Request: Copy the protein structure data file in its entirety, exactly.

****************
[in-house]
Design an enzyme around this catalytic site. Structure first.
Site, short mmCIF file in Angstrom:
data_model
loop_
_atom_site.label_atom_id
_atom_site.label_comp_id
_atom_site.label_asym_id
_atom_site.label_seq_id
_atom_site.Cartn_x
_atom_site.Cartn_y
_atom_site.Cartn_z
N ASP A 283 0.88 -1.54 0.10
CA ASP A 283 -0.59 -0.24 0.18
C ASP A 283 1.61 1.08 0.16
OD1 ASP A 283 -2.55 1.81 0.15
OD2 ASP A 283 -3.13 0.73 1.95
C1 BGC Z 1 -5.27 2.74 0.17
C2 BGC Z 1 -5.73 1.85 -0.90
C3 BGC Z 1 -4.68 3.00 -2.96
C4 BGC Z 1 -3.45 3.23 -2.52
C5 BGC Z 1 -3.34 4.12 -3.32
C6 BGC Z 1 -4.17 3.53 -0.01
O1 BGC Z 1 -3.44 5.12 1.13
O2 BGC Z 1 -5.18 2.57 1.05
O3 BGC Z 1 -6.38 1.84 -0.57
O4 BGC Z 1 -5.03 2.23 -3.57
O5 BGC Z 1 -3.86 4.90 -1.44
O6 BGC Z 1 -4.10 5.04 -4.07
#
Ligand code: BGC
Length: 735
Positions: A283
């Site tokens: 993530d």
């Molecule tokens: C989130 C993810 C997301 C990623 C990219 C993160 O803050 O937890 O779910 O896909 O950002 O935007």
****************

[in-house]
Design an enzyme around this catalytic site. Structure first.
Site, short mmCIF file in Angstrom:
data_model
loop_
_atom_site.label_atom_id
_atom_site.label_comp_id
_atom_site.label_asym_id
_atom_site.label_seq_id
_atom_site.Cartn_x
_atom_site.Cartn_y
_atom_site.Cartn_z
N ASP A 283 0.88 -1.54 0.10
CA ASP A 283 -0.59 -0.24 0.18
C ASP A 283 1.61 1.08 0.16
OD1 ASP A 283 -2.55 1.81 0.15
OD2 ASP A 283 -3.13 0.73 1.95
C1 BGC Z 1 -5.27 2.74 0.17
C2 BGC Z 1 -5.73 1.85 -0.90
C3 BGC Z 1 -4.68 3.00 -2.96
C4 BGC Z 1 -3.45 3.23 -2.52
C5 BGC Z 1 -3.34 4.12 -3.32
C6 BGC Z 1 -4.17 3.53 -0.01
O1 BGC Z 1 -3.44 5.12 1.13
O2 BGC Z 1 -5.18 2.57 1.05
O3 BGC Z 1 -6.38 1.84 -0.57
O4 BGC Z 1 -5.03 2.23 -3.57
O5 BGC Z 1 -3.86 4.90 -1.44
O6 BGC Z 1 -4.10 5.04 -4.07
#
Ligand code: BGC
Length: 735
Positions: A283
């Site tokens: 993530d």
């Molecule tokens: C989130 C993810 C997301 C990623 C990219 C993160 O803050 O937890 O779910 O896909 O950002 O935007």